I had an interesting day at UVA a few days ago as part of their Innovation in Pedagogy Summit. I got the chance to talk to UVA’s Teaching Resource Center group and listen to some interesting educators talk about their practice.
I was the closing keynote and I talked, as I have before, about what educational technology might be versus what it is. Essentially this was an extension and deepening of the It Could be Beautiful concept I did at VSTE a few years ago. It helps to see the depth of the perversion and misuse of educational technology before looking at ways it is working. Otherwise people tend to pretend it all sucks or it’s all going great (depending on their own stance). We seem to have created a populace, in the USA at least, that has a great deal of difficulty with things that are not stark examples of black and white. I don’t know if I should blame the media, capitalism, or standardized testing.1
What made this particular iteration a bit stronger was starting off by asking the audience to do something right away that set the scale of what we’re endeavoring to do in education. I asked them to go and read their college/university/departmental mission and vision statements and talk about them at their tables. What resonated? What seemed most important? Because this wasn’t a Twitter crowd2 I ended up circulating among the tables to get an idea what they were talking about and I heard a variety of things. A number of people read the text aloud to their table but in altered voices, almost as if the goals were too much to read normally. I heard comments like “We’re supposed to save the world.” That was followed by nervous laughter.
I brought us back together using a Buddhist prayer bell audio clip. It had been done in an earlier presentation (with an actual prayer bell3) by Susan Bauer-Wu and Kurtis Schaeffer and it seemed to work really well in both cases.
This was the next slide. It shows the Pew top concerns from the USA. I don’t want to oversimplify things but I both blame the products of higher education for the creation of these issues and hold them responsible for progress towards solving them. It’s an intimidating responsibility especially given progress to date. I opted not to add on the UN’s millennium goals because I found them too depressing.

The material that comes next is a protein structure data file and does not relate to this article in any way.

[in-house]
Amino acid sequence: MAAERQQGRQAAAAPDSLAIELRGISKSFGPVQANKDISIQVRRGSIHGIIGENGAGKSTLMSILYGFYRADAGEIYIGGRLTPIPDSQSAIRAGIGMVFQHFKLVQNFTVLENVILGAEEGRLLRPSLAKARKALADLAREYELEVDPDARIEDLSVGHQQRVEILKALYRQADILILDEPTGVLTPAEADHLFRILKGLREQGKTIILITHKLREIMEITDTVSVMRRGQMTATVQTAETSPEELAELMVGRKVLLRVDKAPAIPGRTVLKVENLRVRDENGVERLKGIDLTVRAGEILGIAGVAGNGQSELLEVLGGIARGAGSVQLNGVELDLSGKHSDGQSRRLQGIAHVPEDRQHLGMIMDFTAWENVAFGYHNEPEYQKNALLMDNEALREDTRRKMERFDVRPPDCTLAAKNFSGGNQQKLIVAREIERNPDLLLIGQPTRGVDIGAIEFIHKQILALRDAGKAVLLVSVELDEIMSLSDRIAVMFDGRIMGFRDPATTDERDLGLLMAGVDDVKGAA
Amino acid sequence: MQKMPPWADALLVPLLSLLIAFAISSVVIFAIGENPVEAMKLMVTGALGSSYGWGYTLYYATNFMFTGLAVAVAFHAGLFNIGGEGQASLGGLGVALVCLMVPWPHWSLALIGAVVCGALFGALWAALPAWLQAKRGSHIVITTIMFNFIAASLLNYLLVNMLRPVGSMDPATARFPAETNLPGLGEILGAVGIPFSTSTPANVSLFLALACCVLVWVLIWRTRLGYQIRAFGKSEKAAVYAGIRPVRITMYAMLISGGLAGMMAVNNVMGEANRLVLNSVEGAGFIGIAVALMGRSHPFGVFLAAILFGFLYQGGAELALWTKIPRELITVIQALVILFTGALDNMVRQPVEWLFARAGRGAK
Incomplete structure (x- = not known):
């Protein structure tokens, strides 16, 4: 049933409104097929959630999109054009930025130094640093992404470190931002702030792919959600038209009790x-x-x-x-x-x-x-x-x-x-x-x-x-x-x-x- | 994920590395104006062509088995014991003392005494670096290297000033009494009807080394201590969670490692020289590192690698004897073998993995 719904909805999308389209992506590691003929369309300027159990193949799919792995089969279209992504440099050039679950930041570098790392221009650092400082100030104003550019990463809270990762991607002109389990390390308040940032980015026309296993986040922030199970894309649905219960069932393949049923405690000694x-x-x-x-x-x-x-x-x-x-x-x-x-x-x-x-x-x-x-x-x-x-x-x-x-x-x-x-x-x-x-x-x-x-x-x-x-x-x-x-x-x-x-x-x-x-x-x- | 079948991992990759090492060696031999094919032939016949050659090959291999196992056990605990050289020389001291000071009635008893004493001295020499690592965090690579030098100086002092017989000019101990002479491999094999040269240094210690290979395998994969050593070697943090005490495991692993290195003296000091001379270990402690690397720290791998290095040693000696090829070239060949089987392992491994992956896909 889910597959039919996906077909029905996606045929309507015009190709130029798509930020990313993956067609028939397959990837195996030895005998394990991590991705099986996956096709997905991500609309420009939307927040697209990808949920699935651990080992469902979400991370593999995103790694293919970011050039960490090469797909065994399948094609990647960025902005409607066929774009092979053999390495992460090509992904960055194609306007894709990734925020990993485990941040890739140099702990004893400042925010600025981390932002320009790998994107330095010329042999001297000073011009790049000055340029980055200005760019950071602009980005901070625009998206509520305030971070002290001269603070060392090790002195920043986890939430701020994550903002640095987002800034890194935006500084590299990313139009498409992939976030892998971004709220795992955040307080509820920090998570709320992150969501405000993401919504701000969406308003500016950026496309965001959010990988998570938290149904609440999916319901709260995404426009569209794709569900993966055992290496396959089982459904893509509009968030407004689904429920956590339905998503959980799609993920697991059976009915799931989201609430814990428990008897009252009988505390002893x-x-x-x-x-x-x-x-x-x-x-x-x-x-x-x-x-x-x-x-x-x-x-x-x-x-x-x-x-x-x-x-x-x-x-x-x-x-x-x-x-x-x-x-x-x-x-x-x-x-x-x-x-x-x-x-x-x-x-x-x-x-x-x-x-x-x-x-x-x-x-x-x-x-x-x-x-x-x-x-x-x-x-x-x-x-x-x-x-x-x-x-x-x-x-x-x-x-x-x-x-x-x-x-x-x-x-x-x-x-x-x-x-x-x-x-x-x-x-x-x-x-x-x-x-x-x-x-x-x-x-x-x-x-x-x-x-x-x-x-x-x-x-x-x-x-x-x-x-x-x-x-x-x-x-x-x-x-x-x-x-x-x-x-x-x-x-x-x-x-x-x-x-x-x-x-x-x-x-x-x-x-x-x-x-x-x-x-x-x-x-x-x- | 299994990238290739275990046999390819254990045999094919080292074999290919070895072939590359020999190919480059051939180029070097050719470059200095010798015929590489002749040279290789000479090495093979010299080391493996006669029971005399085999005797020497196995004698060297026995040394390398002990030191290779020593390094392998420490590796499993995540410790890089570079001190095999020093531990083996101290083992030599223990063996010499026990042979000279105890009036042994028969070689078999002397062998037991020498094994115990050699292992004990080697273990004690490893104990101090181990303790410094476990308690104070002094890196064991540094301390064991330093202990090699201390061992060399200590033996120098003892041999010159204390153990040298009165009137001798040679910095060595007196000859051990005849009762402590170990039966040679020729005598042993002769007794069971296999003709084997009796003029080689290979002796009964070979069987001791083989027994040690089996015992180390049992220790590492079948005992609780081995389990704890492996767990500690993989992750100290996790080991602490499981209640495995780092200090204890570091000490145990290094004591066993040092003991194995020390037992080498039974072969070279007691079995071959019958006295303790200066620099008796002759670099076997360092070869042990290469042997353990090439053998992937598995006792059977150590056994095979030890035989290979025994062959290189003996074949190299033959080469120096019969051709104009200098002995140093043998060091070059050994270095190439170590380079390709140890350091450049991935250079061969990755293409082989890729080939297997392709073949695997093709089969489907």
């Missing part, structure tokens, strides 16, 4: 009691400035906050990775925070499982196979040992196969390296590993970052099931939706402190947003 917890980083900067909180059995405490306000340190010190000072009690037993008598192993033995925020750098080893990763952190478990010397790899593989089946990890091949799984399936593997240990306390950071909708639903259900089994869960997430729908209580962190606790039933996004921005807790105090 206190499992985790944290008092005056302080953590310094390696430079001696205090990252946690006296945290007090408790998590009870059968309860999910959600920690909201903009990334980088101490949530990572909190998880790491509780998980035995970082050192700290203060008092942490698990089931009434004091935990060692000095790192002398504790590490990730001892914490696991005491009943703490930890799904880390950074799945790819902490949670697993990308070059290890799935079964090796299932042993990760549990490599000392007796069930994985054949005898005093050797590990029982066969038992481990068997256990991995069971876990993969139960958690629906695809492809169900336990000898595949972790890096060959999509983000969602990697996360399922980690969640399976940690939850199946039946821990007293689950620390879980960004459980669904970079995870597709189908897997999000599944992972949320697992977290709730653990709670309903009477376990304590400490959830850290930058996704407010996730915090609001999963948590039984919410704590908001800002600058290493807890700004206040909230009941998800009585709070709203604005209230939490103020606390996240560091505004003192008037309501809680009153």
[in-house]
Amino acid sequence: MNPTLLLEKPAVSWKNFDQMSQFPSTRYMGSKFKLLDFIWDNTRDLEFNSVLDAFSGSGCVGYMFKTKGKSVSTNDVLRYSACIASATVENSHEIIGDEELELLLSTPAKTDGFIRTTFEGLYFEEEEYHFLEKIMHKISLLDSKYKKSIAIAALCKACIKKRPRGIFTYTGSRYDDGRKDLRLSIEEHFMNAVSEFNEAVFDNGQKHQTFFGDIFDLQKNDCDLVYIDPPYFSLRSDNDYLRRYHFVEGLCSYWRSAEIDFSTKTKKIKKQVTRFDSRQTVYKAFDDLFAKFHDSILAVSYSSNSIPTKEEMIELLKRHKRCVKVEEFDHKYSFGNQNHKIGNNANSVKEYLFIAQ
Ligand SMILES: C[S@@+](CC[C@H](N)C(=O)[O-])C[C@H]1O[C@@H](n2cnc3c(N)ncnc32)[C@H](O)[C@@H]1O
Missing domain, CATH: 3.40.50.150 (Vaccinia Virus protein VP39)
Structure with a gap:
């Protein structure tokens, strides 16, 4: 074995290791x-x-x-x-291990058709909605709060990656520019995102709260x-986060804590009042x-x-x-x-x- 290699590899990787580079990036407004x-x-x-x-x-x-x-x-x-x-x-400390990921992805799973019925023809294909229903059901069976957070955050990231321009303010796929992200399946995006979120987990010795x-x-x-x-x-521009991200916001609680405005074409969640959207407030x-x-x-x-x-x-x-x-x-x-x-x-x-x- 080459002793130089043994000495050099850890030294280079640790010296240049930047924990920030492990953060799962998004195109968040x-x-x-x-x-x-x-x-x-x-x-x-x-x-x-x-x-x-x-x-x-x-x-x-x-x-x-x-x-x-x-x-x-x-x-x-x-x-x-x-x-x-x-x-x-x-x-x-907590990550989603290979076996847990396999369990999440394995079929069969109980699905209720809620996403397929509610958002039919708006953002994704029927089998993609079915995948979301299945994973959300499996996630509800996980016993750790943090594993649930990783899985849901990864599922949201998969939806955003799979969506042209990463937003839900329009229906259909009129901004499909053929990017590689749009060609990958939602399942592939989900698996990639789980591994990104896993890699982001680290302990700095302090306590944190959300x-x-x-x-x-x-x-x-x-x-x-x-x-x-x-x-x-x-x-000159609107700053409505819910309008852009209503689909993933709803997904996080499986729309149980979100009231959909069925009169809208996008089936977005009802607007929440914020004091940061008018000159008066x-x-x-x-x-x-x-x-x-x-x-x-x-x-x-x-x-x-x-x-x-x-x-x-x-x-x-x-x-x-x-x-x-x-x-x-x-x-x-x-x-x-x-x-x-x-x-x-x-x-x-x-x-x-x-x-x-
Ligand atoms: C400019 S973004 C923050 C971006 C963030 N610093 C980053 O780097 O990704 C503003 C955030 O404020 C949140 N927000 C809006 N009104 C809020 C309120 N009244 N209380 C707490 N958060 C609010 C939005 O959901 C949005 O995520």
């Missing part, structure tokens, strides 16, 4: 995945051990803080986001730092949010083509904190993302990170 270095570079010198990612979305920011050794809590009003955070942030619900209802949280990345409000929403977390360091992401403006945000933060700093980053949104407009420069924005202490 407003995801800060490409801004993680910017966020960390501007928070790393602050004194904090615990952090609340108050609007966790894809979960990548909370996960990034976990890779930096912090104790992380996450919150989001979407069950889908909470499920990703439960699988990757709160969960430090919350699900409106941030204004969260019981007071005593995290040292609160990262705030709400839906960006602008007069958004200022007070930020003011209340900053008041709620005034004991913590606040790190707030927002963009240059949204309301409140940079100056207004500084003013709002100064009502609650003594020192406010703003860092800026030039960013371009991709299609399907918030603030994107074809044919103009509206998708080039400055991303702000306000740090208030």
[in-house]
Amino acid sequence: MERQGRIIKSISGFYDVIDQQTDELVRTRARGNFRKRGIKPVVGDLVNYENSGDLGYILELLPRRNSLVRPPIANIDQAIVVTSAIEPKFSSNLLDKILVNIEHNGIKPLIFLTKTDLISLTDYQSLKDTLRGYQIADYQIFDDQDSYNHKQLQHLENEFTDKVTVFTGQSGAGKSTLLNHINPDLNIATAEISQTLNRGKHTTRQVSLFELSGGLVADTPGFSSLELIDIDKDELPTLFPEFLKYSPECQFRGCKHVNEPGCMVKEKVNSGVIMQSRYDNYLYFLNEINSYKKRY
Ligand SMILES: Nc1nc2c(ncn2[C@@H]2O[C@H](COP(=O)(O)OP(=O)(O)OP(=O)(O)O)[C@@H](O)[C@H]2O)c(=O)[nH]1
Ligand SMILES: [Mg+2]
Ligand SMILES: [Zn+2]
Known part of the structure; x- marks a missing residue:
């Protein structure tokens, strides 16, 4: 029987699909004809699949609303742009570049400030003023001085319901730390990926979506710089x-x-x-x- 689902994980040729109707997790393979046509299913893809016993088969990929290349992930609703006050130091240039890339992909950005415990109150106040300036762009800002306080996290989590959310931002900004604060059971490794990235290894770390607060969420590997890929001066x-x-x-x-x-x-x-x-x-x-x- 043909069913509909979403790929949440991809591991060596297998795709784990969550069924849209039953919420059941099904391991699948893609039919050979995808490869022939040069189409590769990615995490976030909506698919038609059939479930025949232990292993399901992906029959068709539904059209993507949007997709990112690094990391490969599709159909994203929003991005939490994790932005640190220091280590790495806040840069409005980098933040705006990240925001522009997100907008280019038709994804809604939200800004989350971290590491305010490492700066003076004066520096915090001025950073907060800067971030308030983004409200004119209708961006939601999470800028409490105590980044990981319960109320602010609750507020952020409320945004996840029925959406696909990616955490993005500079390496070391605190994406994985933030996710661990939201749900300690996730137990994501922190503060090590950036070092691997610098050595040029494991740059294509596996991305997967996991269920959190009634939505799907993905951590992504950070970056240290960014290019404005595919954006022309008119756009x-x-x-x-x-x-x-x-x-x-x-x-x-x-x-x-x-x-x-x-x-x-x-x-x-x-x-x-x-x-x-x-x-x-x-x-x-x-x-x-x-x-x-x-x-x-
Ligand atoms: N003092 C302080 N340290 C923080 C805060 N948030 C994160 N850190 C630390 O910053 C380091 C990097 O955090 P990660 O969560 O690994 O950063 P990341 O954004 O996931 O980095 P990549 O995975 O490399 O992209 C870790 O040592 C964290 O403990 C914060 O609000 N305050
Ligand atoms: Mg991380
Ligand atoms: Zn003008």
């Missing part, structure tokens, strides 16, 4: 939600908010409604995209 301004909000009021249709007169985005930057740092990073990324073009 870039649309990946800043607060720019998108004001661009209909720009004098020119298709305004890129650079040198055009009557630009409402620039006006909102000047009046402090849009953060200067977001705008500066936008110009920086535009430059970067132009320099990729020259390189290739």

We can’t be creating students that are going to solve these problems while at the same time having such contempt for them that we believe they’ll get lost if they leave the LMS. That without total tech support the student has no chance. We have a disgustingly low opinion of the people we’re handing these problems to.
These seem to be the guiding principles around most ed tech constructions. Fear of teachers- let the machines standardize the teaching because we can’t trust the faculty. Fear of students – don’t let them embarrass us in public or let them get lost. Love of money – how can we do this cheaper? There’s a lot more depth to these but you get the idea.
This ad remains one of the worst examples of bedazzling education that I have seen. This is something an educational leader was willing to have committed to print and disseminated. She still has a job making educational decisions for an entire school as an assistant principal. I think about this often.
I doubled down on the misery with this one which is new. The k12 examples tend to be really stark and easily understood but they’re echoed in many ways in higher ed. I’ve considered asking for additional examples on Twitter (#edtechFails) but fear it would be too depressing.
I then try to bring us out of the depths of depression with the magical things that continue to amaze me about the Internet. The examples are below but they fall into a few simple (and I think progressively more complex) categories.
There’s the diversity of media that exists in what I’ll call a raw state- just interesting photographs, primary source material etc. It’s the raw fodder needed to build other things. There are also the more processed creations that are educational but are passionately read/viewed by people of their own free will.
The next level is the place where the lines between content and tool begin to blend- the idea of explorable explanations. These types of resource open up all kinds of opportunities for different kinds of questions and the ability for these tools to move beyond the particular course/major and into other realms.
That’s followed by communities that do interesting things, many of them educational, but all representing interesting expenditures of energy and lots of people dedicated to doing things.
I then tried to show how we were starting to get at pieces of this at VCU.
Given some of the questions I got at the end, I need to work on articulating things better. One question around “I like shiny thing too but what about learning outcomes?” really surprised me because I’d taken out a chunk of more advanced technology and had focused on things that I felt were pretty straight forward. It seemed so obvious to me but clearly that wasn’t shared. On the other end of that question I find it hard to hold much faith in learning outcomes as I see them articulated. The utter failure of k12 in this area ought to be a powerful warning but it seems unheeded. Despite being better positioned for independence and resistance it seems higher ed will likely wander into the same quantitative quagmire with a 10 year delay.
- Tibetan prayer bell sound file
- VCU’s mission and vision statement
- Pew top concerns from the USA
- Millennium Development Goals (by 2015)
- Hate Blackboard Less article
- “Try to remain within the learning management system.”
- Ecce Homo restoration failure (pronunciation)
- The banana sealed the deal . . .
- QR code addition worksheet
- Media – raw/primary
- Media – processed (but not over-processed)
- Explorable Explanations – Bret Victor
- Simile Exhibit
- SPLOT – Alan Levine
- At VCU